You know Gore-Tex. You probably wear it. But, it’s also very likely that you don’t actually know how the hell it works. You just know that it keeps you dry and it keeps you warm — basically, you know if you put on a jacket that’s made with it, you’ll be comfortable no matter the conditions and you don’t really need to think about much more than that. And Gore knows that fact — it’s banking on it.

Inside its Delaware-Maryland based HQ, comprised of more than a dozen buildings, the staff isn’t compelled to continuously educate the public on the strides made each year to outshine any other competitor. Their main focus is science, rigorous testing and working hand-in-hand with outdoor brands, medical companies and the US government to develop cutting-edge products, whether those are intended for walking in the Scottish Highlands, shredding down Whistler’s Blackcomb Peak or for a military use that they’re not at liberty to discuss.

“We improve the membranes all the time. The consumers make a lot of associations with Gore-Tex: ‘I’m going to be more comfortable in it. I’ll have more fun in it.’ Whether you’re riding or walking your dog, we just stick with those associations,” says 25-year veteran Gore associate Todd Folmsbee. “We want to make sure whatever that glove or footwear or jacket is, it’s going to outperform your expectations.”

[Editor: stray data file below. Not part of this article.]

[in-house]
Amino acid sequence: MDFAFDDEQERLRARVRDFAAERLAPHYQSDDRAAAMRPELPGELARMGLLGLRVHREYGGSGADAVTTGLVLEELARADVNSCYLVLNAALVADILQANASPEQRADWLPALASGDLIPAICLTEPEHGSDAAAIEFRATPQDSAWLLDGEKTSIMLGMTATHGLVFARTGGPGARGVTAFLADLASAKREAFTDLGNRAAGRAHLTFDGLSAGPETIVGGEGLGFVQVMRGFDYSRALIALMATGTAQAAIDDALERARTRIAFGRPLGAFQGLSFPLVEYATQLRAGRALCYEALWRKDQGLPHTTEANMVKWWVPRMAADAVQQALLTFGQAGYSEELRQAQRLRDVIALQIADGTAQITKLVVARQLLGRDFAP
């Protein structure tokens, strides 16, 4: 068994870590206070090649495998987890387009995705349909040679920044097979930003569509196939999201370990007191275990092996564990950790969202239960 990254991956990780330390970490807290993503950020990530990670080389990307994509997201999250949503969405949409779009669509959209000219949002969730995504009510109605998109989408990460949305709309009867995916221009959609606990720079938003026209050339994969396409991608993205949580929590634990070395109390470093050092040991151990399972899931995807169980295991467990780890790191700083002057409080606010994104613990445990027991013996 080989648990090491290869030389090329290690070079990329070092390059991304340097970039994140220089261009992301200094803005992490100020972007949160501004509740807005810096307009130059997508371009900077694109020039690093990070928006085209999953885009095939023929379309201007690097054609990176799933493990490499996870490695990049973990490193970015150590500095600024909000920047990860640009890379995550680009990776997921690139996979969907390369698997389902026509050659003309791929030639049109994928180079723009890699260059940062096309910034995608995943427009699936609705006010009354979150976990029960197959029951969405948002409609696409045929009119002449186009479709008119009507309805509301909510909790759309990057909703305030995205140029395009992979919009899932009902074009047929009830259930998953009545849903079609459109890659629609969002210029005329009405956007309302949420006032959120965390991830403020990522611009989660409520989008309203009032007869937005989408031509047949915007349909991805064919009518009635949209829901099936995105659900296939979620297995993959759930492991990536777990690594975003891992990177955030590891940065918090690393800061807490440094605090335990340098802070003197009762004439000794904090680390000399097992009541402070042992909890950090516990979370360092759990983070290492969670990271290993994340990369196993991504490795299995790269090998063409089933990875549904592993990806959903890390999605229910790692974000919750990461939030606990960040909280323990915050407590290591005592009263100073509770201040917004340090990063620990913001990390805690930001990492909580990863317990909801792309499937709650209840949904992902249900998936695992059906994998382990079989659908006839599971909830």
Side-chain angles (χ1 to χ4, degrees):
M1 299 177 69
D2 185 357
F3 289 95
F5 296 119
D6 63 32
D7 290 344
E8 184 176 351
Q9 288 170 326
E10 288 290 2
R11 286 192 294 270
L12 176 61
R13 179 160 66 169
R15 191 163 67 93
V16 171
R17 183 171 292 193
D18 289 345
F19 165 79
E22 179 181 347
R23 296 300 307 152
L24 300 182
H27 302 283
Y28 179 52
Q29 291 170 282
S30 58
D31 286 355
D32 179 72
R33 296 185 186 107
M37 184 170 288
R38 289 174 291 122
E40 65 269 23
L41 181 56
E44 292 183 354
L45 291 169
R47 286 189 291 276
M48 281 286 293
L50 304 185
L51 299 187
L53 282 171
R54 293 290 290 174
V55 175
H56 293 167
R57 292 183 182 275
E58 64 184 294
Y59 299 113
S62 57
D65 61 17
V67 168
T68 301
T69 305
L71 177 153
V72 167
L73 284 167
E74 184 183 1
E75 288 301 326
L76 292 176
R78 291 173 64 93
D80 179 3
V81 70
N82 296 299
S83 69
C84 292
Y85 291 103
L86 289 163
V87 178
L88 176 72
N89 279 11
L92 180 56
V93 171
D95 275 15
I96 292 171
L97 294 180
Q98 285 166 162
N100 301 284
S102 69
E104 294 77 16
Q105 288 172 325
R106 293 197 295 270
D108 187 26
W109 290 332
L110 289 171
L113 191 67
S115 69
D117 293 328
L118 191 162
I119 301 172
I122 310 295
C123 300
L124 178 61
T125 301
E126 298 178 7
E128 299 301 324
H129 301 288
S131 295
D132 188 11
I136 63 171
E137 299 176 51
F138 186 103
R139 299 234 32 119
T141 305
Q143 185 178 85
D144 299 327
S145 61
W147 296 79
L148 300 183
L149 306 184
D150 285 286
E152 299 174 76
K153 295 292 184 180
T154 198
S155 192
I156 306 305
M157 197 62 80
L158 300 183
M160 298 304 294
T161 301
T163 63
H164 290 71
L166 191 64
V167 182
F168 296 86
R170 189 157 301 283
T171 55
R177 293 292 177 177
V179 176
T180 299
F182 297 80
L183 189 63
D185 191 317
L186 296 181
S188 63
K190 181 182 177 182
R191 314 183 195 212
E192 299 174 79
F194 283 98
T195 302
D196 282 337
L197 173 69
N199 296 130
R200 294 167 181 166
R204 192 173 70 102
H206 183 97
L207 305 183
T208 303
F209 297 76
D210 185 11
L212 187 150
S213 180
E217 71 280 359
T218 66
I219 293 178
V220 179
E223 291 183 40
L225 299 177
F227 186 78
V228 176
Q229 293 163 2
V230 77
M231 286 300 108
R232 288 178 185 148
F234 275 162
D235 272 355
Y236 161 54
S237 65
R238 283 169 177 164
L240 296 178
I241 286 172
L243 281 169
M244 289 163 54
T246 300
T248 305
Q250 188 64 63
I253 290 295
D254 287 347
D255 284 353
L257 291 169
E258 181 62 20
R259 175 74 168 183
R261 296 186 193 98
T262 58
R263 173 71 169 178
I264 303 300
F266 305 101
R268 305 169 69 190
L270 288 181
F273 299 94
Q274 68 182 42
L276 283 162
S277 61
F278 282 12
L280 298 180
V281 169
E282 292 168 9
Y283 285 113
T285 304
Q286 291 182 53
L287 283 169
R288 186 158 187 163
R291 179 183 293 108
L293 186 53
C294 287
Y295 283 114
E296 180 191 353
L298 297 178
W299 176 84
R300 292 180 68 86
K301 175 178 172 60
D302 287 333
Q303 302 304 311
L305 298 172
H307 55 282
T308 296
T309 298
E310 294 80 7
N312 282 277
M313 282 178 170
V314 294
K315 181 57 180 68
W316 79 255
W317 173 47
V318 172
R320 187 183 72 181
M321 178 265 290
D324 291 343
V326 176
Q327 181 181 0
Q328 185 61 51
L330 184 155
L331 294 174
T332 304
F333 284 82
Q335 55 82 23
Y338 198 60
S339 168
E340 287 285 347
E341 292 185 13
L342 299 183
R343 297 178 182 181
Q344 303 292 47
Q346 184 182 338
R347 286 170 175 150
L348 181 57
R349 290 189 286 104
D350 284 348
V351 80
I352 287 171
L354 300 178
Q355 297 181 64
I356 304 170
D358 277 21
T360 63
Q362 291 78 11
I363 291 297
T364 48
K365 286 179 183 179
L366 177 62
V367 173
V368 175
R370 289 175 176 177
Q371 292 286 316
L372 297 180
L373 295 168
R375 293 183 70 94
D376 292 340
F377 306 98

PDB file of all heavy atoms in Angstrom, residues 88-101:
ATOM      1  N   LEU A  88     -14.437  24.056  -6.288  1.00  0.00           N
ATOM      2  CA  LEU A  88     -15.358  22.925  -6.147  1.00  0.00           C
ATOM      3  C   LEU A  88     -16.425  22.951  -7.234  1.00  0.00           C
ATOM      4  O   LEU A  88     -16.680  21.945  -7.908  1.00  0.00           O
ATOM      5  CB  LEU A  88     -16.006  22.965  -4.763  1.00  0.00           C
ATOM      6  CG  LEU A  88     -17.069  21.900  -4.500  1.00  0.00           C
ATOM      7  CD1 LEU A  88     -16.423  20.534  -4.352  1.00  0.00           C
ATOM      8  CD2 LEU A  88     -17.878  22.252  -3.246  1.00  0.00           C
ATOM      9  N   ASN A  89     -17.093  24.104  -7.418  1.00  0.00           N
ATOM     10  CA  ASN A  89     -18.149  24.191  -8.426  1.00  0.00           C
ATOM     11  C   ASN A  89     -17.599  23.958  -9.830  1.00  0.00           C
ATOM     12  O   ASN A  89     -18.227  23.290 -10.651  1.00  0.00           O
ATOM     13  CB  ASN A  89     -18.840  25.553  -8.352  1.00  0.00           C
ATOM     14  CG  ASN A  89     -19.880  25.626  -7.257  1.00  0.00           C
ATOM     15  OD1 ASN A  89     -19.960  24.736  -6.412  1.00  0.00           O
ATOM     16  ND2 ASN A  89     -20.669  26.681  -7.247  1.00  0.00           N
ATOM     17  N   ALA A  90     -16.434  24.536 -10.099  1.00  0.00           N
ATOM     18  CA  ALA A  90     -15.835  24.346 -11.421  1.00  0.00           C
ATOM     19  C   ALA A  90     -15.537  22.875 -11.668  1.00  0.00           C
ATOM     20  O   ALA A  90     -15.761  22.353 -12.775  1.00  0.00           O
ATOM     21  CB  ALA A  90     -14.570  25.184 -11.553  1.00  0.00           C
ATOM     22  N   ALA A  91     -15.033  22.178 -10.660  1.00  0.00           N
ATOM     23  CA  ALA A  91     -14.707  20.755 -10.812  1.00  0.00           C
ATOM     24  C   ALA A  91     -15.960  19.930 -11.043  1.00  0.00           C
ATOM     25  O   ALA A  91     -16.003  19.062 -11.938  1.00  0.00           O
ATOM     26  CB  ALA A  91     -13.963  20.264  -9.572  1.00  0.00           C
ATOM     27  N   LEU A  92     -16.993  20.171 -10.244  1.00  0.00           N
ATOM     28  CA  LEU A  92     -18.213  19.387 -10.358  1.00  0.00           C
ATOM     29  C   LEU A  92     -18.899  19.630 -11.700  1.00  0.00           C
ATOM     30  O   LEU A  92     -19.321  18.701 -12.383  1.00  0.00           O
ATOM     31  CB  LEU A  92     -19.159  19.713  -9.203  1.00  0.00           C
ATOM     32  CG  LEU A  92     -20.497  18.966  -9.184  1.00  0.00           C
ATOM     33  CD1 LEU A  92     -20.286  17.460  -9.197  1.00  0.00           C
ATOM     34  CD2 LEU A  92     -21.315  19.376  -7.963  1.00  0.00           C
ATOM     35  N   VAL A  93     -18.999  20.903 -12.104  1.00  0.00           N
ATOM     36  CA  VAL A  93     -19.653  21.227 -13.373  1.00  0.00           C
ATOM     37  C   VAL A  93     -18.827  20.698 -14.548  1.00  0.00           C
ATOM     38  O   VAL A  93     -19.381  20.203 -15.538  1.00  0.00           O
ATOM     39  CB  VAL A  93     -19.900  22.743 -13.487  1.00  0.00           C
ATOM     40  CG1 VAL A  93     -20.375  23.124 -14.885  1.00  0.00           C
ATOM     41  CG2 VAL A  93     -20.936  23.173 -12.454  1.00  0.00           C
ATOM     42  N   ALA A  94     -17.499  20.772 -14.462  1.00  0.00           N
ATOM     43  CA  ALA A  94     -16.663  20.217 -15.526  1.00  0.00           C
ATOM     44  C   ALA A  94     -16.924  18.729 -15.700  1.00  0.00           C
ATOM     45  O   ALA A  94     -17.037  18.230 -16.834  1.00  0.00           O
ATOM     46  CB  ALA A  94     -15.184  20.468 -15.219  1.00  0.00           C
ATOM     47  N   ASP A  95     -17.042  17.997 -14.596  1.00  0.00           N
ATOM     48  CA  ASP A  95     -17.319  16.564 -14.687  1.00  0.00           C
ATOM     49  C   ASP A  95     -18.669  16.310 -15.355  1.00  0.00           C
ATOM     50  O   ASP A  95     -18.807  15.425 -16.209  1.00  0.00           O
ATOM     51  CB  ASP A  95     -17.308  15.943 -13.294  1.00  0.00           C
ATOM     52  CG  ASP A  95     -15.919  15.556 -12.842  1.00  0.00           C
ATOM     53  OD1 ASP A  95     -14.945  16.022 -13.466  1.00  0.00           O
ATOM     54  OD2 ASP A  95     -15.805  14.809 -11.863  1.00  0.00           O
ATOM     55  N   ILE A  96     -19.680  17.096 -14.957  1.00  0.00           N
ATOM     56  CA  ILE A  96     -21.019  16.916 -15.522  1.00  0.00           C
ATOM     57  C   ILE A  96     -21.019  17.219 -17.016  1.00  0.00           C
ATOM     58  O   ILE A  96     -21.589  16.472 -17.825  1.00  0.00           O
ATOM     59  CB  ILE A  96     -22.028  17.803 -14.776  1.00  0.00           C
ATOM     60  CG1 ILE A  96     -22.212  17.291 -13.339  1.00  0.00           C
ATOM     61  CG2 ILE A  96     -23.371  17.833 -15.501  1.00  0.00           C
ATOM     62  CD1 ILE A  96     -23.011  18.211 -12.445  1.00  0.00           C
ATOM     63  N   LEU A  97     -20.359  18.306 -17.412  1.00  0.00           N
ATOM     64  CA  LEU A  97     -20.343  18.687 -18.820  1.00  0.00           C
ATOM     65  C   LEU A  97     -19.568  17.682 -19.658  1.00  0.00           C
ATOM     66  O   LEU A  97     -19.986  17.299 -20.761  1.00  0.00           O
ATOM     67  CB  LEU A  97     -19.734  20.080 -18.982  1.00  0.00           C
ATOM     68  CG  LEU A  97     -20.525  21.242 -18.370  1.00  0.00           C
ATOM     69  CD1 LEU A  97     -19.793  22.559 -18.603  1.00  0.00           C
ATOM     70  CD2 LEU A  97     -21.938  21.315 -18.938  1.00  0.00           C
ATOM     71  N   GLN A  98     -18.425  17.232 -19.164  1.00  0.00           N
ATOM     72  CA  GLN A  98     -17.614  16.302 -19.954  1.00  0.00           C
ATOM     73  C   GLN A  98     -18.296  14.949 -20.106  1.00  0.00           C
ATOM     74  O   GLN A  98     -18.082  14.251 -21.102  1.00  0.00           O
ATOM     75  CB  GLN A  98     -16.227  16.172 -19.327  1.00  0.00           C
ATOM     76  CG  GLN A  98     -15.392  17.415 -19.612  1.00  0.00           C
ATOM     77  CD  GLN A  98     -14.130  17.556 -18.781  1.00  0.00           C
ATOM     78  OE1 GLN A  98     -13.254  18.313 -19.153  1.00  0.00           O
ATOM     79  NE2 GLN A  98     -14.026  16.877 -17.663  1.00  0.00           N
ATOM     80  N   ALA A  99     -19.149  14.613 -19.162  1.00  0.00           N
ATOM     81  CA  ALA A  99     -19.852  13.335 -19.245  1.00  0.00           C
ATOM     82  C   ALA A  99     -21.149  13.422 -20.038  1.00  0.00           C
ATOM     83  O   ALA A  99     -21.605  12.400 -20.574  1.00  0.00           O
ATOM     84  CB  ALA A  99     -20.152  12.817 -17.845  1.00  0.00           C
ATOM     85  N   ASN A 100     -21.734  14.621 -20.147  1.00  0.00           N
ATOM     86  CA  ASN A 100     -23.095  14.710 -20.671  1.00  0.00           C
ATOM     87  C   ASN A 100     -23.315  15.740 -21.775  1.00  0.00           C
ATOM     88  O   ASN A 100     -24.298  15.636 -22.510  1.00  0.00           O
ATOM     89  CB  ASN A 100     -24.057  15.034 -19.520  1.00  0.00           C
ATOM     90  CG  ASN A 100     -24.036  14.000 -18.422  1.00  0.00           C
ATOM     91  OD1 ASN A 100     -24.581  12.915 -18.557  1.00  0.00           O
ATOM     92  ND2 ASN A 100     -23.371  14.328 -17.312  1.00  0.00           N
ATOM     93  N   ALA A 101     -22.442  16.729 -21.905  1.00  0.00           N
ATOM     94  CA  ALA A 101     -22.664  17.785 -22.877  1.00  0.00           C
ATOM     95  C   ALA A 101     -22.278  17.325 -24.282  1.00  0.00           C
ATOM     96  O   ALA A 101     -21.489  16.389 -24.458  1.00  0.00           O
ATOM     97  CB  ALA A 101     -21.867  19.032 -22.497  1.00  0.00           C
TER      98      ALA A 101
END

If you’re a visitor to the materials company, it’s rare to get beyond Gore’s Barksdale facility, a 70s era structure that was retrofitted in 2007 to introduce outsiders to its brand history, precise functionality and range of products. Before that, it wasn’t possible to even get past the front desk. Gore’s founder, Bill Gore, made a decision fairly early on to apply for few patents — meaning the ins-and-outs of how the company’s innovative products are made and improved is kept as internal Intellectual Property. Over the last sixty years and counting, everything at Gore, among some 9,500 employees, has been on a need to know basis. There is a chance, however, if you bring along a professional snowboarder like Mark Sollors — who hasn’t ridden his board in the last four years without Gore-Tex and who’s a team rider for Burton, one of Gore’s strongest brand partnerships — it’s possible to peek behind the curtain, or at least some of it.

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So, how does Gore-Tex work? At the most basic level, a Gore-Tex membrane is made of expanded polytetrafluoroethylene or PTFE, a material created from naturally occurring fluorspar. It’s durable, breathable and waterproof. The ultra-thin Gore-Tex laminate, coming in at .01 millimeters thick, has over 9 billion pores per square inch, meaning those holes are tiny enough for water vapor (like your sweat) to escape without allowing moisture to permeate from the outside. That vapor escaping is what keeps you warm and dry — not just the fact that nothing else is getting in.

The material might be ubiquitous but Gore prides itself, among other things, on being highly versatile as well. When sitting down with brands to plan an upcoming collection, typically two-years out, Gore brings along a binder of 600 fabric options, varying weaves and weights, for all types of usage. Most companies will find what they’re looking for there. But certain brands are keen to push their fabric development, none more than Burton. Leading the market in the evolution of fabric and prints is one of its key points of differentiation.

“Burton’s creative efforts lead the outdoor market,” says Folmsbee, who’s worked with Burton for more than a decade. “They always are ahead in design by a couple of years.”